Diabetes and Alcohol

Diabetes and Alcohol

Is it OK for people with diabetes to drink alcohol? This is something only you and your health care provider can answer.

If your diabetes is under control, you have your provider's OK, and you understand how alcohol can affect your diabetes, then it's probably safe to have a drink occasionally. If you decide to drink, the American Diabetes Association (ADA) recommends no more than one drink a day for a woman and two drinks a day for a man. The ADA also recommends that you test your blood glucose before you drink and at bedtime. Talk with your health care provider for more information.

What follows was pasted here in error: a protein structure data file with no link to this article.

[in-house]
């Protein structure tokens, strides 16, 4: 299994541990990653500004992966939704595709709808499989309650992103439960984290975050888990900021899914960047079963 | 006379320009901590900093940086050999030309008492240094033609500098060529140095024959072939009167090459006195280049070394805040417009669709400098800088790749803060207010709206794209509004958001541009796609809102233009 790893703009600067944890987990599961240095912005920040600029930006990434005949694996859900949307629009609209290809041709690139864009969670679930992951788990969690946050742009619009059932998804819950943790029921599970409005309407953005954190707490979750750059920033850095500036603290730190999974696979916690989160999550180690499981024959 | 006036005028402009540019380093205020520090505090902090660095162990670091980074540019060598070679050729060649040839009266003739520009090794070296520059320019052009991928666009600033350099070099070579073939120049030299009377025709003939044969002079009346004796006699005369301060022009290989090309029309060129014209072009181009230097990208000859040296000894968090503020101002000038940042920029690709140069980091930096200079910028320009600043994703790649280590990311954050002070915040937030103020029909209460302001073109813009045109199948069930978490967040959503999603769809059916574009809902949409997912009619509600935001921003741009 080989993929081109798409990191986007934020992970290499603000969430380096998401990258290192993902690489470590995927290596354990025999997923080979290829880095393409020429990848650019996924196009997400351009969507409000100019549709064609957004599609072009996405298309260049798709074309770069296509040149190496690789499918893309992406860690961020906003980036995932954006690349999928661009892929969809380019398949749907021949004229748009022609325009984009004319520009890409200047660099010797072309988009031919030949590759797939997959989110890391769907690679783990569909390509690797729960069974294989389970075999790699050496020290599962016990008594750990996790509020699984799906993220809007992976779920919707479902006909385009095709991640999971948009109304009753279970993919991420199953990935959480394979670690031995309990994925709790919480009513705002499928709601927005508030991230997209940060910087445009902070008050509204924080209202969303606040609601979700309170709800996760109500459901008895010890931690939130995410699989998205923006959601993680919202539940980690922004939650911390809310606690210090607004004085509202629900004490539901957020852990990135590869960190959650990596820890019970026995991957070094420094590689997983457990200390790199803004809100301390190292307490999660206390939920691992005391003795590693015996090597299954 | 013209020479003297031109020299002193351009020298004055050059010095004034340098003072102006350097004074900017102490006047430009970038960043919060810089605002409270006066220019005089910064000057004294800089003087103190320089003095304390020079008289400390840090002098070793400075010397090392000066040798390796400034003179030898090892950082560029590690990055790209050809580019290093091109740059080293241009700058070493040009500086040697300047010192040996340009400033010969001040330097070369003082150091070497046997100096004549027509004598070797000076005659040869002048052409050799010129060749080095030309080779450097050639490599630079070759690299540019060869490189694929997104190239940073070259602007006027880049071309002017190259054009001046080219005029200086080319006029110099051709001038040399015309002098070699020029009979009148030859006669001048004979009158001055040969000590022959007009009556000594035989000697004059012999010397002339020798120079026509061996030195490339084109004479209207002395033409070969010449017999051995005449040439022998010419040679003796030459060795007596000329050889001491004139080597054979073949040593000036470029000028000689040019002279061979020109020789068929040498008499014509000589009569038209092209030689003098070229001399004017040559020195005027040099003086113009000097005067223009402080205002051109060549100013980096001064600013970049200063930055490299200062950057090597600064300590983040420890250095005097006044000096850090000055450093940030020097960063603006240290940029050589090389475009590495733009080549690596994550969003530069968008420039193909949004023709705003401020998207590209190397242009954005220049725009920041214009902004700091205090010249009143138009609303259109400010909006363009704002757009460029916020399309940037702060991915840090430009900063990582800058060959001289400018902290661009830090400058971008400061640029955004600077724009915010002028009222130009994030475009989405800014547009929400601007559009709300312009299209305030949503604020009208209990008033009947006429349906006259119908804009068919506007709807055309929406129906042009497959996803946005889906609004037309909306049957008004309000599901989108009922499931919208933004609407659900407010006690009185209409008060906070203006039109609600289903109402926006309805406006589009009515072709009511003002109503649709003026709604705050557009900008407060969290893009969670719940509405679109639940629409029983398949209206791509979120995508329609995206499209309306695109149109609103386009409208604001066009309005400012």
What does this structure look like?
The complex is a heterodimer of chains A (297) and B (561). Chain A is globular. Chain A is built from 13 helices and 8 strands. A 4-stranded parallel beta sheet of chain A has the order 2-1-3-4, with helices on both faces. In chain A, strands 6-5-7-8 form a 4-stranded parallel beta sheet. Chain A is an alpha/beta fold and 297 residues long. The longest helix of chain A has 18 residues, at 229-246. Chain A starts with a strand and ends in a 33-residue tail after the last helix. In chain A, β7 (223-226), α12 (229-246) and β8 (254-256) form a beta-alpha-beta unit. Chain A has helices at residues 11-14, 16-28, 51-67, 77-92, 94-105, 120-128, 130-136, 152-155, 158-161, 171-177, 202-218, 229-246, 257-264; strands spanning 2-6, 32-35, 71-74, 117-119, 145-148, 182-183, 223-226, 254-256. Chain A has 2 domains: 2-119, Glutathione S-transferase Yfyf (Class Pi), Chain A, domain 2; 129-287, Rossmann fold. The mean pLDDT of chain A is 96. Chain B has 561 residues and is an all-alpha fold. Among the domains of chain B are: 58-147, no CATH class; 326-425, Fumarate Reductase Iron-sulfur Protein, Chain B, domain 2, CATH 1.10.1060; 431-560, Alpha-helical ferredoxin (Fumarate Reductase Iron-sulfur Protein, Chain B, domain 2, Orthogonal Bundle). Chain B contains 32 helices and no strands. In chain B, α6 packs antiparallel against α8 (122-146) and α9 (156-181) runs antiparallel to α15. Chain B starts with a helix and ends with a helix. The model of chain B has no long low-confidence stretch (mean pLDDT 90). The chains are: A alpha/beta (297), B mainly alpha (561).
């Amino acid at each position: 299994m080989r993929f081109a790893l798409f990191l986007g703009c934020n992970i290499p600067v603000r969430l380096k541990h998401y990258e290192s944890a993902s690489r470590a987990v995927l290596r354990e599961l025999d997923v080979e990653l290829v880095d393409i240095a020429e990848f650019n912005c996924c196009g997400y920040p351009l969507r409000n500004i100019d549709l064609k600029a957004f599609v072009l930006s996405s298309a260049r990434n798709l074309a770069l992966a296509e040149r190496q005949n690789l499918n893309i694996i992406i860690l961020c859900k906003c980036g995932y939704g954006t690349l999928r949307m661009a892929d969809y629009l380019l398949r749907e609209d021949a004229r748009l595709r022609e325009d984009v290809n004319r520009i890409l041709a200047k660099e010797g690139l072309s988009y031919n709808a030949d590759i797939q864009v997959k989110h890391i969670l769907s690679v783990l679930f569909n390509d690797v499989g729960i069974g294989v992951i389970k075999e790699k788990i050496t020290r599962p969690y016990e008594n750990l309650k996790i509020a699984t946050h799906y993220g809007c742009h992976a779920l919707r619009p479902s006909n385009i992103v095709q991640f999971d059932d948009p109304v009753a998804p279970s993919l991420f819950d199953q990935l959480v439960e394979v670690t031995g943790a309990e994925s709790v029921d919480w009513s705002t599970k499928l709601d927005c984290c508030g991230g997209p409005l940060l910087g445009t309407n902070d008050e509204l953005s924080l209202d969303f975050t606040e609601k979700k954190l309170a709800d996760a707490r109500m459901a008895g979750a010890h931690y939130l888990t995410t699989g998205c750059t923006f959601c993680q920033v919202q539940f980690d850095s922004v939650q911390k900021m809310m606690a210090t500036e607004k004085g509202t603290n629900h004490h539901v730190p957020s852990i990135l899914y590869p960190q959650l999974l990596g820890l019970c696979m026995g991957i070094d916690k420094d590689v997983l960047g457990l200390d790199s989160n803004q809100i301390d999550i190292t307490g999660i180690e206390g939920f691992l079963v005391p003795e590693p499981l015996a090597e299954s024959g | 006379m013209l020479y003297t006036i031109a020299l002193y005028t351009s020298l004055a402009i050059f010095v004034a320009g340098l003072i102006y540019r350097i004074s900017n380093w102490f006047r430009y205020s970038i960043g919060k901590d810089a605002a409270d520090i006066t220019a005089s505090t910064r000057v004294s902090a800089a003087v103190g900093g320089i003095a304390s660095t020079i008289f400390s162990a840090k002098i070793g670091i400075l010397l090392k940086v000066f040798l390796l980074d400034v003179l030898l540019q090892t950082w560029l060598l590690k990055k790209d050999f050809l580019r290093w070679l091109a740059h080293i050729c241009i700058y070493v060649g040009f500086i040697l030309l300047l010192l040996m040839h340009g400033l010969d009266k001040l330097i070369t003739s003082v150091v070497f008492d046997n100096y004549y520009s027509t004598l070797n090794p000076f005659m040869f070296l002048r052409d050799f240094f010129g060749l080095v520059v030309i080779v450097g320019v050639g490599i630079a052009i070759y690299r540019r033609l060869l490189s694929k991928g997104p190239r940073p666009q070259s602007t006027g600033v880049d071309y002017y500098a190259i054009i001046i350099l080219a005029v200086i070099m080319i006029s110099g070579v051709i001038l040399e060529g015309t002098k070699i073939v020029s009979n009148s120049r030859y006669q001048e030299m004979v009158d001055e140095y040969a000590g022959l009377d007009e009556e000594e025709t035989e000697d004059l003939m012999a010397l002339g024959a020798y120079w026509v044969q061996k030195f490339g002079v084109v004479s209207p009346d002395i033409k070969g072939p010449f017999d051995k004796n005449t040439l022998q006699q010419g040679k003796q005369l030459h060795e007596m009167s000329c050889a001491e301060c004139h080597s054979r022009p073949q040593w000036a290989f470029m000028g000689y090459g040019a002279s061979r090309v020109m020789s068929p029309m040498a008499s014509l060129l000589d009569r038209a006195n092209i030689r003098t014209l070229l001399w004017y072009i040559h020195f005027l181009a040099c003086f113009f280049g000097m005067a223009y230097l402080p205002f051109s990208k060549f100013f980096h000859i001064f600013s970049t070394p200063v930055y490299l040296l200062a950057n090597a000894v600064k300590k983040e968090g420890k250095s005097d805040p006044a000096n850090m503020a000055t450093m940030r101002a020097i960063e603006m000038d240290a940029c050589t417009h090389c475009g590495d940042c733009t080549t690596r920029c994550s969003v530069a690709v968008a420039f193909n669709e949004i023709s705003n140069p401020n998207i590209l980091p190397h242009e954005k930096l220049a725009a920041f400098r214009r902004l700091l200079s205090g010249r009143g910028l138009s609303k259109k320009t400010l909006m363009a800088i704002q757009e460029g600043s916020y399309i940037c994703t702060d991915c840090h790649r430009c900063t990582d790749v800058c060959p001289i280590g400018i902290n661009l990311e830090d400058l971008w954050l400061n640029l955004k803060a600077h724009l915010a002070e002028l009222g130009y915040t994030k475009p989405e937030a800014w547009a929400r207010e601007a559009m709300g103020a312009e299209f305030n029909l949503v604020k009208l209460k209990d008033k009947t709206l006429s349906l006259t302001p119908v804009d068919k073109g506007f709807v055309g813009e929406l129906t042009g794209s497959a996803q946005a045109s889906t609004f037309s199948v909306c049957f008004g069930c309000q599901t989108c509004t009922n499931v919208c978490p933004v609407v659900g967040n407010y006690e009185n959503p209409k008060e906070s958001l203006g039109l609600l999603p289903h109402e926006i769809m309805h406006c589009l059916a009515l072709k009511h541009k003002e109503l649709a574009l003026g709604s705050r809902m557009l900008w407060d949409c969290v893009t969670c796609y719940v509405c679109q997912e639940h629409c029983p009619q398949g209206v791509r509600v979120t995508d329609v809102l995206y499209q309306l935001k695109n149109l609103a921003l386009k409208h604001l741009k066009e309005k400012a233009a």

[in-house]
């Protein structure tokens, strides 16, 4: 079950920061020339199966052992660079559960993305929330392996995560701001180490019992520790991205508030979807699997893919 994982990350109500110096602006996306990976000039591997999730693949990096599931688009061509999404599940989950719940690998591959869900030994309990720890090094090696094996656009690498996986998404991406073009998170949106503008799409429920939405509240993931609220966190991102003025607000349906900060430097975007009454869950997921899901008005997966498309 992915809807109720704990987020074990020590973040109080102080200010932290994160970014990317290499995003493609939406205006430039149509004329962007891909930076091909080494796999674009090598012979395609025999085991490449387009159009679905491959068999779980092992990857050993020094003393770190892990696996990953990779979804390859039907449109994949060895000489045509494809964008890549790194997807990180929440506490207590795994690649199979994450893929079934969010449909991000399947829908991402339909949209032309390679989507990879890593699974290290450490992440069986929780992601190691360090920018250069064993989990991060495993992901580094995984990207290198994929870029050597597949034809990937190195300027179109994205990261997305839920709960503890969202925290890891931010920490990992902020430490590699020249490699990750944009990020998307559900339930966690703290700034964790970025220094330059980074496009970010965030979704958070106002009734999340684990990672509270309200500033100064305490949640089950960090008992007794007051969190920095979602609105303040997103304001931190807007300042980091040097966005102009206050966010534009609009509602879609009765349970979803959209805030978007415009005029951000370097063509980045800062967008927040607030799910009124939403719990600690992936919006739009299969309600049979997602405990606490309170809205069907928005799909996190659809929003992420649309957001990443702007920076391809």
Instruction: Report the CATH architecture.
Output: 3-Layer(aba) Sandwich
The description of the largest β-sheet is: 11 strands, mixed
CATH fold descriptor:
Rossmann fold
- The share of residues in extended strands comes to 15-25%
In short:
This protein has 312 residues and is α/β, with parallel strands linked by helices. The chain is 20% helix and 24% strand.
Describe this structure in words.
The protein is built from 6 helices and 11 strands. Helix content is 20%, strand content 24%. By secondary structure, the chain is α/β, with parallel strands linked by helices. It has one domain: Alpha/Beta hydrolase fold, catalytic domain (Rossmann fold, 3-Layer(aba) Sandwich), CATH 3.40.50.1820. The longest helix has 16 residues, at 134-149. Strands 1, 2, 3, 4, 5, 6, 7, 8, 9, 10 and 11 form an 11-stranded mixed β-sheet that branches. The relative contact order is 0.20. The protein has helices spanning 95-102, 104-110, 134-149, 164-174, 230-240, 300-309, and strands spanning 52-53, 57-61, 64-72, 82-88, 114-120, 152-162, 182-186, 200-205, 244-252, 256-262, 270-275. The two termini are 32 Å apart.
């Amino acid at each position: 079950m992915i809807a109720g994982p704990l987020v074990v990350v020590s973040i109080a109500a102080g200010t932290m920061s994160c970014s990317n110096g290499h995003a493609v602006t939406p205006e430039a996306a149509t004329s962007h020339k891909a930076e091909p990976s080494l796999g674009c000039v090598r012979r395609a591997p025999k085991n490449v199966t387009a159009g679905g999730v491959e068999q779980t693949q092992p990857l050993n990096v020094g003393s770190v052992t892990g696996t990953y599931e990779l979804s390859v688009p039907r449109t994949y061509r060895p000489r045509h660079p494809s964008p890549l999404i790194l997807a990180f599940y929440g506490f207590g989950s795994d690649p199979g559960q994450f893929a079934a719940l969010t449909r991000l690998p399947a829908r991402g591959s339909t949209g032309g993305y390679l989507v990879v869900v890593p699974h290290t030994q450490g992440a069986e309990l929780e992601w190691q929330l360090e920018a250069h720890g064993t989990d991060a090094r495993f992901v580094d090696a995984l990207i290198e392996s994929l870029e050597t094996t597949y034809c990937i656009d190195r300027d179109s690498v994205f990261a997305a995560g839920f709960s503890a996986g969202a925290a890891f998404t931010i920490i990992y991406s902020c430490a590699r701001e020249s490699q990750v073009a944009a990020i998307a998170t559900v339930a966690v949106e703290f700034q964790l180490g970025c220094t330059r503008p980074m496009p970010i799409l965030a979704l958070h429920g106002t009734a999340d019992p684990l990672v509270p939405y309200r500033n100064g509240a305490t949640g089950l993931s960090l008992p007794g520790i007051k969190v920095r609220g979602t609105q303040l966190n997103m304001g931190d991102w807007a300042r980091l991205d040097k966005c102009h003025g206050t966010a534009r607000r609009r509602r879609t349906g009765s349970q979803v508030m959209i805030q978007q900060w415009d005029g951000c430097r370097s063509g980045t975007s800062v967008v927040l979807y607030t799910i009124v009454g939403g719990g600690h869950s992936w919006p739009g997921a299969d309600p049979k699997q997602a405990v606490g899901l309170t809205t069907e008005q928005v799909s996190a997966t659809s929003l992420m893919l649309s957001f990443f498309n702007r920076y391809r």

Keep in mind that you should never drink on an empty stomach, especially if you take insulin shots or diabetes pills. This can cause your blood glucose level to fall, and you can quickly end up with low blood sugar. Alcohol can also mask hypoglycemic symptoms in diabetic patients, which can be dangerous. Another concern is that many alcoholic beverages contain 100 calories or more. When possible, opt for light beer and sugar-free mixers. Skip alcohol entirely if you have diabetic nerve or eye damage or other health conditions made worse by alcohol.

In addition to the above concerns, alcohol interacts with a number of medications. If you already drink, it is important to be honest about the frequency and amount of your alcohol use when talking to your health care provider.  

 
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